It amazes me that the world knows that most of the world emails are intercepted and stored by the big intelligence agencies yet someone doing a secret job vs the NSA went and email'ed home to their parents confessing their crimes about covering their tracks from the FBI. Seriously?
Re: "...a total of 50 CVE-listed vulnerabilities..."
Sometimes the haystack just needs to be burnt to the ground and leave the needles in it's ashes.
Re: Organizational Doxing and Disinformation
4. Bruce Schneier is Fancy Bear.
Without knowing what information was doctored, it's difficult to guess at the motivation for the changes. I guess that info will be kept from us.
Backed my first Indiegogo project last year and the buttons say you are claiming a perk for that amount now. So Indiegogo has already got around that issue and rubs it's hands clean of having to help it's site users again.
That might be why Indiegogo seem happy to let people use it's platform to fleece customers of their money.
After being five Months late and hardly any updates or communication, the campaign director of the project I backed has only sent a few of the backers the item, even though he now sells the same item on his website which you can buy and get straight away. Obviously he will get more selling them through his website than the original Indiegogo campaign so has decided to sell them there instead of giving them to the backers.
Try getting Indigegogo involved to get some communication or action taken and they just don't want to know. Would not touch Indiegogo with a barge pole in future.
Oh and their whole refund system, does not work. Plenty of people asking for refunds for the same project but because the project is overdue, Indiegogo say you have to get it back from the campaign manager. When the campaign manager refuses to answer any emails about anything, let alone delivery or refunds, Indiegogo do not care will not help in any way whatsoever. If you try and progress things they just don't reply either.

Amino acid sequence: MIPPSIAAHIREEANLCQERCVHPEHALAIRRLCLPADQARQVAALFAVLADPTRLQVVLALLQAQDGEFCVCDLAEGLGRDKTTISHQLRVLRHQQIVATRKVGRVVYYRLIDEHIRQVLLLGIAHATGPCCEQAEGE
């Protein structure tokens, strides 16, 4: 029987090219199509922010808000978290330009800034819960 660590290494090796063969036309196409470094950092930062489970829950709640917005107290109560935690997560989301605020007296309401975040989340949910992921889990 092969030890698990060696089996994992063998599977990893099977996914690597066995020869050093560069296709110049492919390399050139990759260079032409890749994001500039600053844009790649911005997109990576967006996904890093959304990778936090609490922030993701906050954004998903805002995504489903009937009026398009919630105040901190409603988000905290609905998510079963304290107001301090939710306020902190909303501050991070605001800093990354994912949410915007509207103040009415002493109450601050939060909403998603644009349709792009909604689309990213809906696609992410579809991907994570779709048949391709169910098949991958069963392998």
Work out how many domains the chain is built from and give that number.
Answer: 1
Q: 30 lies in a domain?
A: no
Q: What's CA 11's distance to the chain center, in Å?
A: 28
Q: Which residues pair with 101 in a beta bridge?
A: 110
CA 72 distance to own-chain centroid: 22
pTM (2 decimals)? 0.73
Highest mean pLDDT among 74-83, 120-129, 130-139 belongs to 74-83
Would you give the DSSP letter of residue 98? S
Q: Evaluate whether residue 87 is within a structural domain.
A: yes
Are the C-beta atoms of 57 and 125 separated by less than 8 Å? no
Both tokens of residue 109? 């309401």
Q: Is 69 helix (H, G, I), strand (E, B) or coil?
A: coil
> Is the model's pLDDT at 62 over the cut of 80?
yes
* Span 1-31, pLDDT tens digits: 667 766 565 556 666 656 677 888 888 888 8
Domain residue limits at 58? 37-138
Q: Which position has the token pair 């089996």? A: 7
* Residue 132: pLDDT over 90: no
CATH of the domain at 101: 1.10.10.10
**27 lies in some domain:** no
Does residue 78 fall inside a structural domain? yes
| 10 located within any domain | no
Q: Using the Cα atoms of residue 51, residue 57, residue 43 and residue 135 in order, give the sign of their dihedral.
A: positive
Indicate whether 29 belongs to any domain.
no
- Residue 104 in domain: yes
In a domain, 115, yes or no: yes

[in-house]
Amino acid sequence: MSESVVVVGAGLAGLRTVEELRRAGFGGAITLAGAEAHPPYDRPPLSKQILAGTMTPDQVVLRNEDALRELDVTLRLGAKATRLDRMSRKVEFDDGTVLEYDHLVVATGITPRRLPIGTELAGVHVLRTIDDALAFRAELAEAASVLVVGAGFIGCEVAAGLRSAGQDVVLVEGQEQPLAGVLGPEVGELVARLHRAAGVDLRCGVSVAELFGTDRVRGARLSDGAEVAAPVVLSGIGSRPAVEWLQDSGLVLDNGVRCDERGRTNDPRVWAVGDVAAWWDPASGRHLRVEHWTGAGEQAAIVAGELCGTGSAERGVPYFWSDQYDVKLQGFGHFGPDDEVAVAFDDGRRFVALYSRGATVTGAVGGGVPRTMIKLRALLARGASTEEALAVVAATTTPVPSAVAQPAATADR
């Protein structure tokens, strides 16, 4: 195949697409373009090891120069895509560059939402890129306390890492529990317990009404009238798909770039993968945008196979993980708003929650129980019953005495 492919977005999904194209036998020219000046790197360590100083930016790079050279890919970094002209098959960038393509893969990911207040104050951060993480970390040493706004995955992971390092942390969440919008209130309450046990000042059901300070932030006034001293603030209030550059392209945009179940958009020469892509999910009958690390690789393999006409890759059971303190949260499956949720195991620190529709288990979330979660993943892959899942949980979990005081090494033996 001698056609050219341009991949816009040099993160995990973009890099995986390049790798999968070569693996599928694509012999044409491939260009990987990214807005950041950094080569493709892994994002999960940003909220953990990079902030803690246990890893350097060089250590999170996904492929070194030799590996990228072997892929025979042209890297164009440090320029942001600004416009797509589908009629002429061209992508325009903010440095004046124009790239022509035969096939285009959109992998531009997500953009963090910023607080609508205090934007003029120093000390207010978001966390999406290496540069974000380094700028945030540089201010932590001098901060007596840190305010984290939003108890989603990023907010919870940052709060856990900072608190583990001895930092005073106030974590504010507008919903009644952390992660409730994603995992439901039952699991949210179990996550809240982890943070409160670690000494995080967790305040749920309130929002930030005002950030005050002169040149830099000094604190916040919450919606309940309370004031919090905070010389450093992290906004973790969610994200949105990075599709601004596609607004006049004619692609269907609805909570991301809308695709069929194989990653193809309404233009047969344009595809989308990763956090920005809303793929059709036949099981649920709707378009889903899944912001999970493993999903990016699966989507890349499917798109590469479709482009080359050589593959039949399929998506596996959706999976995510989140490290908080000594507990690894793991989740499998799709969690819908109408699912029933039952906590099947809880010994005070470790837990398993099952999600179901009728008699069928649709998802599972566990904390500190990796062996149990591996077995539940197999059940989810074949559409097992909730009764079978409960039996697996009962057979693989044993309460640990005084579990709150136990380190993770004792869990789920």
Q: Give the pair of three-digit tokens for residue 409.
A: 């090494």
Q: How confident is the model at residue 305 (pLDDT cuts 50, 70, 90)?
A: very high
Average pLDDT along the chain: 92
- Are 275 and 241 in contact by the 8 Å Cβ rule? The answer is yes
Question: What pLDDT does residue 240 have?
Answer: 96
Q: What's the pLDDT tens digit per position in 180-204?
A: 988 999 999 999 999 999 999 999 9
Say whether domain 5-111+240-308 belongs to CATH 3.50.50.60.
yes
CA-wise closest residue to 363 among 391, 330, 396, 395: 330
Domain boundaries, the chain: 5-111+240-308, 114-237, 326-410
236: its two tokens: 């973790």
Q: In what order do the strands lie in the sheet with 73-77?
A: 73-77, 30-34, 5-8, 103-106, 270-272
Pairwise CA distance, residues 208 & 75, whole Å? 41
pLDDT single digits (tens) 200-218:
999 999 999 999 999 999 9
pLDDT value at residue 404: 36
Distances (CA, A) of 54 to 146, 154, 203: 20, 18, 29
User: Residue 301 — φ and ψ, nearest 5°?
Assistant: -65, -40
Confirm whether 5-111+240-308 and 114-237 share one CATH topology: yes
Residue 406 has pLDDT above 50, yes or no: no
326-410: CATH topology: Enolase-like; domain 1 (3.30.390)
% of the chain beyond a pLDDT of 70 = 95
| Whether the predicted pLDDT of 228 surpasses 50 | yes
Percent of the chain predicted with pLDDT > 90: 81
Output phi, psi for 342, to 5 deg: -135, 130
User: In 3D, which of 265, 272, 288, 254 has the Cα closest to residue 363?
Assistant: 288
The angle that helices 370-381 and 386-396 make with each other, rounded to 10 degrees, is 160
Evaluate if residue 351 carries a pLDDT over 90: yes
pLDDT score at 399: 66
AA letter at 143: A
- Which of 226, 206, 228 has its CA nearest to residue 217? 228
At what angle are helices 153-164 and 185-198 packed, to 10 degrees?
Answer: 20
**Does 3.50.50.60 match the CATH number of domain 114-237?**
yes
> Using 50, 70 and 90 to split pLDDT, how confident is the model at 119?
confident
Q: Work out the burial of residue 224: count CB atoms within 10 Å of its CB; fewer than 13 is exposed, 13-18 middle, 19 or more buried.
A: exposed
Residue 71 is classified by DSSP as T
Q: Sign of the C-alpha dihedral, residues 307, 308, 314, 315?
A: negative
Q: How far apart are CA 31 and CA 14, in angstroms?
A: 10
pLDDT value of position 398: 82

Sham of a company IMO. /Rant
Gives a new meaning to the phrase, "i'm a bit buffered up".
Logs from security guy....
Around the time this was happening, a flaw in the template used by many of the DDoS sites and re-sellers of VDoS was found. Through this the logs could be snarfed among other things.
So it appears the FBI used data hacked from the systems of the stress testing site to get the info needed to get this guy. Saying it was provided by someone else gives them the ability to do this without questions asked on any cases they want?
The guy is obviously stupid enough to get caught anyway but the method is questionable imo.
CD drawer wont open
A few years ago working for a well know insurance company a user logged a call to say the computer would not read her cd and the cd drawer would not open to get the cd back out.
Upon visiting it was clear she had no cd drive in her desktop. I asked where she put the cd and she got another cd and started to poke it in the thin gap between two blanking plates. She had just pushed the previous cd through the gap in to the frame of the pc.
Faster charging seems to be much more beneficial than wireless charging, which is slower by default.